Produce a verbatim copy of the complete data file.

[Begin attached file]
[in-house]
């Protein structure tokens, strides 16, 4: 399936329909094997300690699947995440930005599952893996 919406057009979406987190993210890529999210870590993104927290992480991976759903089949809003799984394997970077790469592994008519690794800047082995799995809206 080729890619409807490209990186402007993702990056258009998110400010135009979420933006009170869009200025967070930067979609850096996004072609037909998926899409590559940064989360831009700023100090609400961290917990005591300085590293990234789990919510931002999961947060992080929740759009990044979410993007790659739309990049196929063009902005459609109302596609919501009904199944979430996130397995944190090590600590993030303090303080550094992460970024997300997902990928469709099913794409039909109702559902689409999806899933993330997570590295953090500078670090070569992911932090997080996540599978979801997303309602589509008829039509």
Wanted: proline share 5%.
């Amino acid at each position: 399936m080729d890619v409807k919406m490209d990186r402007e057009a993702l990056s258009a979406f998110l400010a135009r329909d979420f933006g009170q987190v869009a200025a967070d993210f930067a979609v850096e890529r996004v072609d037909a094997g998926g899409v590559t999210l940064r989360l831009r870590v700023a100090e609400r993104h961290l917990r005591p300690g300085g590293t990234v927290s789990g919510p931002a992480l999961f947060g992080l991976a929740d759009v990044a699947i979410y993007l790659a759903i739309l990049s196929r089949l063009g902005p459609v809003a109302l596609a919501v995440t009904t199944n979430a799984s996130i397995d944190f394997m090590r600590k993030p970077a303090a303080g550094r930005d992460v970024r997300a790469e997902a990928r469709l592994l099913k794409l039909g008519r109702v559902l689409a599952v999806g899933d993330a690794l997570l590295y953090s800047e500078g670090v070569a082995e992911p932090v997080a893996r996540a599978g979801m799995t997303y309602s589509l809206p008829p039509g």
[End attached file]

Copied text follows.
[in-house]
């Protein structure tokens, strides 16, 4: 399936329909094997300690699947995440930005599952893996 919406057009979406987190993210890529999210870590993104927290992480991976759903089949809003799984394997970077790469592994008519690794800047082995799995809206 080729890619409807490209990186402007993702990056258009998110400010135009979420933006009170869009200025967070930067979609850096996004072609037909998926899409590559940064989360831009700023100090609400961290917990005591300085590293990234789990919510931002999961947060992080929740759009990044979410993007790659739309990049196929063009902005459609109302596609919501009904199944979430996130397995944190090590600590993030303090303080550094992460970024997300997902990928469709099913794409039909109702559902689409999806899933993330997570590295953090500078670090070569992911932090997080996540599978979801997303309602589509008829039509």
Wanted: proline share 5%.
């Amino acid at each position: 399936m080729d890619v409807k919406m490209d990186r402007e057009a993702l990056s258009a979406f998110l400010a135009r329909d979420f933006g009170q987190v869009a200025a967070d993210f930067a979609v850096e890529r996004v072609d037909a094997g998926g899409v590559t999210l940064r989360l831009r870590v700023a100090e609400r993104h961290l917990r005591p300690g300085g590293t990234v927290s789990g919510p931002a992480l999961f947060g992080l991976a929740d759009v990044a699947i979410y993007l790659a759903i739309l990049s196929r089949l063009g902005p459609v809003a109302l596609a919501v995440t009904t199944n979430a799984s996130i397995d944190f394997m090590r600590k993030p970077a303090a303080g550094r930005d992460v970024r997300a790469e997902a990928r469709l592994l099913k794409l039909g008519r109702v559902l689409a599952v999806g899933d993330a690794l997570l590295y953090s800047e500078g670090v070569a082995e992911p932090v997080a893996r996540a599978g979801m799995t997303y309602s589509l809206p008829p039509g």